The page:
I Raise My Eyes To Say Yes

This is the story of Ruth Sienkiewicz Mercer who had severe cerebral palsy, hardly any movement in her limbs and no speech, for thirteen years, from the age of six to nineteen. She lay in a state institution in Baltimore in USA, treated like an object with no mind, no thoughts, no feelings, no opinions, no wishes, no dreams. Though through all these years inside this immobile and silent body her lively mind kept track of time, people, events, characters, her own emotions and development without being able to communicate any of this.

                         It was not until a volunteer, Stephan Kaplan, interested in the problem of the speech impaired, realized that she was bursting to say something that Ruth was ‘Discovered’ as a person. By using word boards held up in front of her and asking her to say ‘yes’ by raising her eyebrow or ‘No’ by pursing her lips, he draw from her story, word by word and line by line and set it down. The whole writing took years to complete.

                     Ruth’s story illustrates all the major issue raised by disability. It is about the ignorance, prejudice and fear that create the climate of hostility experienced by disabled people. But above all, it is about an empowering and liberating relationship, a relationship free of all prejudice and fear and full of understanding, which set her free.

In Stephen Kaplan’s words:

Ruth Sienkiewicz Mercer was born in 1950.

She has never spoken a word, never written or typed a sentence.

She has had very little formal education, and reads at best, at a first grade level, recognizing only simple words placed before her in a familiar context.

Ruth has been confined to a wheelchair or bed for all of the waking hours of her life.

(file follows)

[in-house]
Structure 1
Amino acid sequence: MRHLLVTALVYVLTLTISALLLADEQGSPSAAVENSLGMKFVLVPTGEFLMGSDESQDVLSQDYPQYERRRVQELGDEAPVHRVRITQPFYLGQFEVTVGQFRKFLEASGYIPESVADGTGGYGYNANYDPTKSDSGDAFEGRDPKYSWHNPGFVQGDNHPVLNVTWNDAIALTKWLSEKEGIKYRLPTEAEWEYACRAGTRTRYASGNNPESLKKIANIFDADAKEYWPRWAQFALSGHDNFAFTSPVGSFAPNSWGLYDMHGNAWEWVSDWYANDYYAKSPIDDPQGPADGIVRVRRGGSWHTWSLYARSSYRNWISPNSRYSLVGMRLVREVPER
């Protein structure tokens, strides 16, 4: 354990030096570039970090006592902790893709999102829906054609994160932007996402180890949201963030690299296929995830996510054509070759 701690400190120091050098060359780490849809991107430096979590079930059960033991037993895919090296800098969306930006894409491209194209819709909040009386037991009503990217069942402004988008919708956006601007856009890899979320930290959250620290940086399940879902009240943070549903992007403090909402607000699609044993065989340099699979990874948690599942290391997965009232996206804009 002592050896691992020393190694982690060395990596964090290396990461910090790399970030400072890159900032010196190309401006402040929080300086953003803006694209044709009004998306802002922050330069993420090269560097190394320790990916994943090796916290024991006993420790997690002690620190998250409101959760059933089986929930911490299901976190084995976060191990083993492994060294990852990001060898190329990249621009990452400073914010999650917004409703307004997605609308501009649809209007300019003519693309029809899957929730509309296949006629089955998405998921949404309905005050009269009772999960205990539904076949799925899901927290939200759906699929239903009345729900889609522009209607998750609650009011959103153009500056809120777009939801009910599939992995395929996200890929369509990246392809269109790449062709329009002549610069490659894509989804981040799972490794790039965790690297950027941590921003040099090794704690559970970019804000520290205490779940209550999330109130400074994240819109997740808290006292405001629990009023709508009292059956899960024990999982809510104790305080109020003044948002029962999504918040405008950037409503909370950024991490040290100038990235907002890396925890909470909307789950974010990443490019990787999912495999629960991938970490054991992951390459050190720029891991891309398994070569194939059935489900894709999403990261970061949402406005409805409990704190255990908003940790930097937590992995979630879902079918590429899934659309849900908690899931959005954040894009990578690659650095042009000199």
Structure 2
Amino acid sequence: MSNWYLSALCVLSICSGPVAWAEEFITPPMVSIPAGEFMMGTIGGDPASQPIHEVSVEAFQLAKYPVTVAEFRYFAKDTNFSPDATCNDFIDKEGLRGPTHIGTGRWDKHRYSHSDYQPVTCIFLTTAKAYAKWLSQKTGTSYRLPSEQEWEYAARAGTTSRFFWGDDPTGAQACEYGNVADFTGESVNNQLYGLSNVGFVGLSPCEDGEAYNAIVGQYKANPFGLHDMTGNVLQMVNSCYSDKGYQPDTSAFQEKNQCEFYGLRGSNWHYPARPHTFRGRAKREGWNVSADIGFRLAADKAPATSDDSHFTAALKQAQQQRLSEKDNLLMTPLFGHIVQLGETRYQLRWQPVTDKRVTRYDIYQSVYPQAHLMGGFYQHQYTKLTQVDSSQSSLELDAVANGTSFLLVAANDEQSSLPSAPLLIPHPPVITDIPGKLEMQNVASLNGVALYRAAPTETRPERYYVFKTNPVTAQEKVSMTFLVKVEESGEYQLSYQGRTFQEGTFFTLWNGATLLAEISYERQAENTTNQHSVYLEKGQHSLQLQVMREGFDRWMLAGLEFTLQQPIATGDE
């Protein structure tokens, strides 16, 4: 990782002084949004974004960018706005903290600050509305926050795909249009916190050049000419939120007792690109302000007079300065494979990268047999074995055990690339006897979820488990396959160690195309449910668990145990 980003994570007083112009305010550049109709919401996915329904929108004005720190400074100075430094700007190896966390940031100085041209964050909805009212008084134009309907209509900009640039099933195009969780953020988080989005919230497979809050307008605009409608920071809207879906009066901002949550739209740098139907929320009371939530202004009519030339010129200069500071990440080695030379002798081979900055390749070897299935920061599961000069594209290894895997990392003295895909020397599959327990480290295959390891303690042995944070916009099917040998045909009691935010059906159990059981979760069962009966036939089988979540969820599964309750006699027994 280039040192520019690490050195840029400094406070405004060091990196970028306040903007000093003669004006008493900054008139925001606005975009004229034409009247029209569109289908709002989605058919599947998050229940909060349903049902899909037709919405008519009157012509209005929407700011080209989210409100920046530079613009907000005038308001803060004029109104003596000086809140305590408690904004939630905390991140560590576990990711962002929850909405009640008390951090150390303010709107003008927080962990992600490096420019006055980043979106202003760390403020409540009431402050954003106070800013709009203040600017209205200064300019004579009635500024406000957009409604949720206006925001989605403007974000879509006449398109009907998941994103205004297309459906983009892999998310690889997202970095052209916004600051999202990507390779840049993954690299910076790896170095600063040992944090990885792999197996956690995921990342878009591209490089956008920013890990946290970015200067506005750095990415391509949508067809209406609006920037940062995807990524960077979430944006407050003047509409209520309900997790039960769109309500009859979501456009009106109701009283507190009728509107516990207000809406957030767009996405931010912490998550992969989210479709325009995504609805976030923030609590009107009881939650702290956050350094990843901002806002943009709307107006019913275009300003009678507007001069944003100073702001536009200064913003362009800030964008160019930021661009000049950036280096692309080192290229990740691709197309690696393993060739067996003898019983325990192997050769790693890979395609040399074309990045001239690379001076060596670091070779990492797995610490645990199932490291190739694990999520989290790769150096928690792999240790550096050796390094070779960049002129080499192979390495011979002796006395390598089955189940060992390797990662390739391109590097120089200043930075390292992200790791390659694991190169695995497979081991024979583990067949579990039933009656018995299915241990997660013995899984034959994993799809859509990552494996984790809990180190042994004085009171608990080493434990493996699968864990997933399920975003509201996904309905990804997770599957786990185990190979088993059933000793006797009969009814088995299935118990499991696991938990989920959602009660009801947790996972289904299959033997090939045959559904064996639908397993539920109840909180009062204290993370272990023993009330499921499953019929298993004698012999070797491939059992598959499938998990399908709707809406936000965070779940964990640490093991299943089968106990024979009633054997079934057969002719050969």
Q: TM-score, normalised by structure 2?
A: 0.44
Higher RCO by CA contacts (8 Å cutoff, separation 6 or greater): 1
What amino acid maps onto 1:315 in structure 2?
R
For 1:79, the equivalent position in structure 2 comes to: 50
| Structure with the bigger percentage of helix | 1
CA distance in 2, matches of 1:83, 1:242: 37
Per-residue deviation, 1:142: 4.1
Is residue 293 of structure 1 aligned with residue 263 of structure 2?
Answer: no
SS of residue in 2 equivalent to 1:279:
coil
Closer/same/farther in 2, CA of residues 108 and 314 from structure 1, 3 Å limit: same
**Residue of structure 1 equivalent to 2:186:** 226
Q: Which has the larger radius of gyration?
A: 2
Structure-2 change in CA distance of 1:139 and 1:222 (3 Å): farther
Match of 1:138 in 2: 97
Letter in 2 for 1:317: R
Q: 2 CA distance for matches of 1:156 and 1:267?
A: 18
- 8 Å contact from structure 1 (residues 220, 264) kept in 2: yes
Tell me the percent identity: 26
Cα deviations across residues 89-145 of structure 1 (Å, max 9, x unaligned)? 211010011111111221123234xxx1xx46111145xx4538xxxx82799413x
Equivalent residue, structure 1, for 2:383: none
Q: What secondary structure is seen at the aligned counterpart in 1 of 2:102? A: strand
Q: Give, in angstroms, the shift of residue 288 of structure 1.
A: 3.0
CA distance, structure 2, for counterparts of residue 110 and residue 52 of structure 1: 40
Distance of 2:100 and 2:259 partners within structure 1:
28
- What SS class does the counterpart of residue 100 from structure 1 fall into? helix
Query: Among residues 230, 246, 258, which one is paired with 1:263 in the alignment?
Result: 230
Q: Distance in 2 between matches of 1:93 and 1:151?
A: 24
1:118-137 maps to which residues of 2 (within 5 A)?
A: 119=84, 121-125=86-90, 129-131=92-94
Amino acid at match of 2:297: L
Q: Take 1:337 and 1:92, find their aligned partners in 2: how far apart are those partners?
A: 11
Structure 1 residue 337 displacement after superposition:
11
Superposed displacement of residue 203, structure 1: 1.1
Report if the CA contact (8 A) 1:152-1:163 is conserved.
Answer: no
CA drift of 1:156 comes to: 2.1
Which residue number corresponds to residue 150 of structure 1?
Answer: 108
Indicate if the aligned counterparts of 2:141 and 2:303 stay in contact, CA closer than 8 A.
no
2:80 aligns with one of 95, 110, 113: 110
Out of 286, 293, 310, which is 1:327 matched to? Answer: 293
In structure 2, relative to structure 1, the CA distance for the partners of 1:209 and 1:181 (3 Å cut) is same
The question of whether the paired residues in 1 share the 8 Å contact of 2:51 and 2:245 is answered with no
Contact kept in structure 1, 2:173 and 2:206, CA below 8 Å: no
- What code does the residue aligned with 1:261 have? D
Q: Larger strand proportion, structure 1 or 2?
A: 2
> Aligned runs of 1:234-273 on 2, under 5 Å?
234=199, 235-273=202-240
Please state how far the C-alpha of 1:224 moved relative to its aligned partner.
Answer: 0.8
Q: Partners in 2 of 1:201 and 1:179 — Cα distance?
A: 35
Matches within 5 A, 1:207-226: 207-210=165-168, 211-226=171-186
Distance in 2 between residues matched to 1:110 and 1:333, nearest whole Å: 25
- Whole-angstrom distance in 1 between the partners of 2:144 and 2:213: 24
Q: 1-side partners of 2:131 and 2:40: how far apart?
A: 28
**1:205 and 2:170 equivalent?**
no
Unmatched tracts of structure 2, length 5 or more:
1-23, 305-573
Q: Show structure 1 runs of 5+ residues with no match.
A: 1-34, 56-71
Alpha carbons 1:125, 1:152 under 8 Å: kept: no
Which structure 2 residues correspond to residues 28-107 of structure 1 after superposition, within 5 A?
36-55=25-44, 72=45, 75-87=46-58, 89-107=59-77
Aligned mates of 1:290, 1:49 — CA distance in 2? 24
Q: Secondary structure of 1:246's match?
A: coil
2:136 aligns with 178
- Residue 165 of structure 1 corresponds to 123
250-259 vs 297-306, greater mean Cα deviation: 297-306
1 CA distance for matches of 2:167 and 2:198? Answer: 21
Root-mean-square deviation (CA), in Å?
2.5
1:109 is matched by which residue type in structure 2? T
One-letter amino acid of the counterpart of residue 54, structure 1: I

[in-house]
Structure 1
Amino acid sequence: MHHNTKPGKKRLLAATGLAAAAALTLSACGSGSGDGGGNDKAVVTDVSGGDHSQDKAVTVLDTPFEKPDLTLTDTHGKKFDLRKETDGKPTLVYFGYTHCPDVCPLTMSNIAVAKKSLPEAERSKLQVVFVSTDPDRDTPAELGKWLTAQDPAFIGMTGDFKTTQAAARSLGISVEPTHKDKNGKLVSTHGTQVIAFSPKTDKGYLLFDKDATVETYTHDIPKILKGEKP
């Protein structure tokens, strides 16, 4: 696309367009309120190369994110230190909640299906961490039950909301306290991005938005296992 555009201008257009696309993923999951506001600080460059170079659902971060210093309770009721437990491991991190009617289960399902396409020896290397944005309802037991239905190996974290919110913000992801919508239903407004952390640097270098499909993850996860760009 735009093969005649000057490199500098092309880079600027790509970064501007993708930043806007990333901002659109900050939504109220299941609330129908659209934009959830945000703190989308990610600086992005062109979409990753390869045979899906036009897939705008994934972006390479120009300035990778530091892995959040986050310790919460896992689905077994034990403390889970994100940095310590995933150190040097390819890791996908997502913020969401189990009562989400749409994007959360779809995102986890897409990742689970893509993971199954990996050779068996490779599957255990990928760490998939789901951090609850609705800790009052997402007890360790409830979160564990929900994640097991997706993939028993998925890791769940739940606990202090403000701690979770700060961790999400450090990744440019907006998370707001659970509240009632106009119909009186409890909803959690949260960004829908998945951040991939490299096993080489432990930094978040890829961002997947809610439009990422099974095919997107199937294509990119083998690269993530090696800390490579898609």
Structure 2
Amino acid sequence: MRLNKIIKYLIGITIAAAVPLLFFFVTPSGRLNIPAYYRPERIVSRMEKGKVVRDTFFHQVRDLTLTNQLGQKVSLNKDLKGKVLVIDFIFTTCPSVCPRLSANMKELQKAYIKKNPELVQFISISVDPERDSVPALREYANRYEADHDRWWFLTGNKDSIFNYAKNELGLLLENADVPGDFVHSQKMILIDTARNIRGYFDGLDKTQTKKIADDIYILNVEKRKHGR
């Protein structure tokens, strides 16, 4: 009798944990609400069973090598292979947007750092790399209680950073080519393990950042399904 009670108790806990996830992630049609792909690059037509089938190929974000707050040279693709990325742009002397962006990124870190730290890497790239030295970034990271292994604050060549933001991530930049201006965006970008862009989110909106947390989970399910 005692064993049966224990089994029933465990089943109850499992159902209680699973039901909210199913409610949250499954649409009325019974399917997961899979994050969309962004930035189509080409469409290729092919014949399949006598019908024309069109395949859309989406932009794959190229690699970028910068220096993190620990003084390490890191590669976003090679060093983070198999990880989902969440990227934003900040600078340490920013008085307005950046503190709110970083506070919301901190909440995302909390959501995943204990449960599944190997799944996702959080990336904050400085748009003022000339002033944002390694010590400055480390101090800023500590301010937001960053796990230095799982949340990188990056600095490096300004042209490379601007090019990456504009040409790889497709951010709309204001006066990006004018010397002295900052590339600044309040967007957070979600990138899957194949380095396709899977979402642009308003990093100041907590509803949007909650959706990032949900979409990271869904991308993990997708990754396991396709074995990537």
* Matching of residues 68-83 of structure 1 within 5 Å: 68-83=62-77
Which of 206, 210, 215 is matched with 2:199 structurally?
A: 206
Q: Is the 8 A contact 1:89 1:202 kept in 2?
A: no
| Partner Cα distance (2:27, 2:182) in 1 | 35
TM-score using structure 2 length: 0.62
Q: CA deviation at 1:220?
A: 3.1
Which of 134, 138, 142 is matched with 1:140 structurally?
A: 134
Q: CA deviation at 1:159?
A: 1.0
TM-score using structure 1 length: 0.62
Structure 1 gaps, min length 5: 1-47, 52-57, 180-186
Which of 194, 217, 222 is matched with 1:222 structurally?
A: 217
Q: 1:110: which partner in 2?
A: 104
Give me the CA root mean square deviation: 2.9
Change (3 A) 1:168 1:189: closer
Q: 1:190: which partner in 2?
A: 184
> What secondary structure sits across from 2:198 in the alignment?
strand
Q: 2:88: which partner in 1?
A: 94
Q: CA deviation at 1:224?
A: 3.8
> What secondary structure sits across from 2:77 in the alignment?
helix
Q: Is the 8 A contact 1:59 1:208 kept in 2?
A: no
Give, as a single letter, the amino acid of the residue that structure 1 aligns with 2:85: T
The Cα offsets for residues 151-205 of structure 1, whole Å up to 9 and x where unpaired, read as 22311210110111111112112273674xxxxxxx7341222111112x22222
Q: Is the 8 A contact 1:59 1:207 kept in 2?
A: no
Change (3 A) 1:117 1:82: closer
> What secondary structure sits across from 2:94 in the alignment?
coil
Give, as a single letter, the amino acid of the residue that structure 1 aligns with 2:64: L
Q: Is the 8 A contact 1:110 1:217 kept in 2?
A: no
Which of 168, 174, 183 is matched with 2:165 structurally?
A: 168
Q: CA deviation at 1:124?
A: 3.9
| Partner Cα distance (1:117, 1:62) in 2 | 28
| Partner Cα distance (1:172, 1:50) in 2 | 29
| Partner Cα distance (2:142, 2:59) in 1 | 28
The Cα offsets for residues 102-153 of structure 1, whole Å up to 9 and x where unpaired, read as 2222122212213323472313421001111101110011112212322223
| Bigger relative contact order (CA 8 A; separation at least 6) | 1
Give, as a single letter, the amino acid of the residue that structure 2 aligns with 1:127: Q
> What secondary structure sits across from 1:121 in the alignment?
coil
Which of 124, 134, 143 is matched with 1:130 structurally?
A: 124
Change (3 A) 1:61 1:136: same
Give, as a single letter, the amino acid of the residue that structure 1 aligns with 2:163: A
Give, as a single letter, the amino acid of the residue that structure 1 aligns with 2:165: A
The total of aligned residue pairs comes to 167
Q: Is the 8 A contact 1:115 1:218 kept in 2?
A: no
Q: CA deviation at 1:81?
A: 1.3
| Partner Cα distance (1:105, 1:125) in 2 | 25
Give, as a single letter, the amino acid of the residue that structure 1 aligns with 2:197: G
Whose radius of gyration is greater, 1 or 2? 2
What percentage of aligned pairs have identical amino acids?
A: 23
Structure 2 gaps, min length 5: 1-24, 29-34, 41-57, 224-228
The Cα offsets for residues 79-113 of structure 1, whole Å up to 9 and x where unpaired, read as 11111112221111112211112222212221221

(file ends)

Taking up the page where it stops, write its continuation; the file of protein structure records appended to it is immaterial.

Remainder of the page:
She has never walked, never fed herself, never combed her hair, never dressed herself.

She is a quadriplegic, a victim of cerebral palsy.

Aside from her eyes, ears, nose, digestive system and vocal cords (which can produce about ten distinct sounds) Ruth’s body is functionally useless.

Her hands could not point or gesture, her feet and legs cannot kick or support the weight of her seventy-five pound body.

Ruth has lived in virtually every situation possible for a severely handicapped person.

Ruth spent her earlier years with her deeply caring parents, two younger sisters and a brother, first in Amherst then in Springfield Massachusetts.

She enjoyed three and a half years at a wonderful private facility, the crotched mountain rehabilitation center in Greenfield New Hampshire.

Then in 1962, she was committed to a state institution, the Belchertown (Massachusetts) state school.

Two years after her arrival at Belchertown, a legislative commission concluded that “the institution had not yet emerged from the dark ages in its treatment of the residents.”

Nine years later another commission found the conditions at Belchertown “shocking and outrageous.”

As a result of a lawsuit initiated by the friends and relatives of the residents, the federal district court assumed direct operation of the institution in late 1973 and implemented drastic reforms.